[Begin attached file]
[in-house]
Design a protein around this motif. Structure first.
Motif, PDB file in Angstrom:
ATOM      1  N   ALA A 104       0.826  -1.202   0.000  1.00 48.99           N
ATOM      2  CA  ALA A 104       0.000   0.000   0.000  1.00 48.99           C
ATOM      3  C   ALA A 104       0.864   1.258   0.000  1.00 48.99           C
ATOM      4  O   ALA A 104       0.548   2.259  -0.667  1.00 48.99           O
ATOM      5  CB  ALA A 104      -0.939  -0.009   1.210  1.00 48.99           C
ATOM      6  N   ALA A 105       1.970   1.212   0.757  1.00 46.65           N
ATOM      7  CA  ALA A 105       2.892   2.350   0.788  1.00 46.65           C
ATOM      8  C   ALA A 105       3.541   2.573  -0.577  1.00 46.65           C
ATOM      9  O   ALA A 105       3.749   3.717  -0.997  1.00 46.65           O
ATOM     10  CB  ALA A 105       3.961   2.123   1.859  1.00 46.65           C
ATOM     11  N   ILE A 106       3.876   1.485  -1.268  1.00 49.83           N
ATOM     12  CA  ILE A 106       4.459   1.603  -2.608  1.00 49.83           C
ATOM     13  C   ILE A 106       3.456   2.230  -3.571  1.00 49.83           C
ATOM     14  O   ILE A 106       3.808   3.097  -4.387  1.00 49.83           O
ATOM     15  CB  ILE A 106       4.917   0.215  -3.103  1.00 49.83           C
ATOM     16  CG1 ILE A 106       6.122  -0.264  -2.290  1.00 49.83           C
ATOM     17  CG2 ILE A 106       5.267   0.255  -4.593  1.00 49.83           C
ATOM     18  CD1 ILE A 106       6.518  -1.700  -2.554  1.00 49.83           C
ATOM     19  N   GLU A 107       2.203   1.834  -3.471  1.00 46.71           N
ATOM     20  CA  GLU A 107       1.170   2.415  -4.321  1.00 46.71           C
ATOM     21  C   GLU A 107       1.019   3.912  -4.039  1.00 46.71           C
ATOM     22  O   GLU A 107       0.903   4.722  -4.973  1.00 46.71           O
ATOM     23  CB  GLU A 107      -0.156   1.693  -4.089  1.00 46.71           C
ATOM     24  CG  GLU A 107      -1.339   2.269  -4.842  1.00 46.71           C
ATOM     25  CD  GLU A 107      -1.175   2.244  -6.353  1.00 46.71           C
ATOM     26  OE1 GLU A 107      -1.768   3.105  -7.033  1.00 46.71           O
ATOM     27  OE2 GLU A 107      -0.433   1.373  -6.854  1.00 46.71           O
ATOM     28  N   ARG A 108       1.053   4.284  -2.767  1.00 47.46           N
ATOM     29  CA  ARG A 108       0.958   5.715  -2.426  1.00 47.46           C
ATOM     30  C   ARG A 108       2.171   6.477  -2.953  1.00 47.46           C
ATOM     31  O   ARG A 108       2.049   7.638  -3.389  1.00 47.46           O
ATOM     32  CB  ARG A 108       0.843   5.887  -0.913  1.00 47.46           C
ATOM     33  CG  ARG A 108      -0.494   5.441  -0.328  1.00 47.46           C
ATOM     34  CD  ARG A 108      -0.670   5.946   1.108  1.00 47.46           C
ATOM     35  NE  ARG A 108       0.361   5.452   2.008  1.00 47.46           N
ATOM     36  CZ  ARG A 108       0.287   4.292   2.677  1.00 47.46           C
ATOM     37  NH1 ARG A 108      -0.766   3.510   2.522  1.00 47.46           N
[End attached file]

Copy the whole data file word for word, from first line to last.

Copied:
[in-house]
Design a protein around this motif. Structure first.
Motif, PDB file in Angstrom:
ATOM      1  N   ALA A 104       0.826  -1.202   0.000  1.00 48.99           N
ATOM      2  CA  ALA A 104       0.000   0.000   0.000  1.00 48.99           C
ATOM      3  C   ALA A 104       0.864   1.258   0.000  1.00 48.99           C
ATOM      4  O   ALA A 104       0.548   2.259  -0.667  1.00 48.99           O
ATOM      5  CB  ALA A 104      -0.939  -0.009   1.210  1.00 48.99           C
ATOM      6  N   ALA A 105       1.970   1.212   0.757  1.00 46.65           N
ATOM      7  CA  ALA A 105       2.892   2.350   0.788  1.00 46.65           C
ATOM      8  C   ALA A 105       3.541   2.573  -0.577  1.00 46.65           C
ATOM      9  O   ALA A 105       3.749   3.717  -0.997  1.00 46.65           O
ATOM     10  CB  ALA A 105       3.961   2.123   1.859  1.00 46.65           C
ATOM     11  N   ILE A 106       3.876   1.485  -1.268  1.00 49.83           N
ATOM     12  CA  ILE A 106       4.459   1.603  -2.608  1.00 49.83           C
ATOM     13  C   ILE A 106       3.456   2.230  -3.571  1.00 49.83           C
ATOM     14  O   ILE A 106       3.808   3.097  -4.387  1.00 49.83           O
ATOM     15  CB  ILE A 106       4.917   0.215  -3.103  1.00 49.83           C
ATOM     16  CG1 ILE A 106       6.122  -0.264  -2.290  1.00 49.83           C
ATOM     17  CG2 ILE A 106       5.267   0.255  -4.593  1.00 49.83           C
ATOM     18  CD1 ILE A 106       6.518  -1.700  -2.554  1.00 49.83           C
ATOM     19  N   GLU A 107       2.203   1.834  -3.471  1.00 46.71           N
ATOM     20  CA  GLU A 107       1.170   2.415  -4.321  1.00 46.71           C
ATOM     21  C   GLU A 107       1.019   3.912  -4.039  1.00 46.71           C
ATOM     22  O   GLU A 107       0.903   4.722  -4.973  1.00 46.71           O
ATOM     23  CB  GLU A 107      -0.156   1.693  -4.089  1.00 46.71           C
ATOM     24  CG  GLU A 107      -1.339   2.269  -4.842  1.00 46.71           C
ATOM     25  CD  GLU A 107      -1.175   2.244  -6.353  1.00 46.71           C
ATOM     26  OE1 GLU A 107      -1.768   3.105  -7.033  1.00 46.71           O
ATOM     27  OE2 GLU A 107      -0.433   1.373  -6.854  1.00 46.71           O
ATOM     28  N   ARG A 108       1.053   4.284  -2.767  1.00 47.46           N
ATOM     29  CA  ARG A 108       0.958   5.715  -2.426  1.00 47.46           C
ATOM     30  C   ARG A 108       2.171   6.477  -2.953  1.00 47.46           C
ATOM     31  O   ARG A 108       2.049   7.638  -3.389  1.00 47.46           O
ATOM     32  CB  ARG A 108       0.843   5.887  -0.913  1.00 47.46           C
ATOM     33  CG  ARG A 108      -0.494   5.441  -0.328  1.00 47.46           C
ATOM     34  CD  ARG A 108      -0.670   5.946   1.108  1.00 47.46           C
ATOM     35  NE  ARG A 108       0.361   5.452   2.008  1.00 47.46           N
ATOM     36  CZ  ARG A 108       0.287   4.292   2.677  1.00 47.46           C
ATOM     37  NH1 ARG A 108      -0.766   3.510   2.522  1.00 47.46           N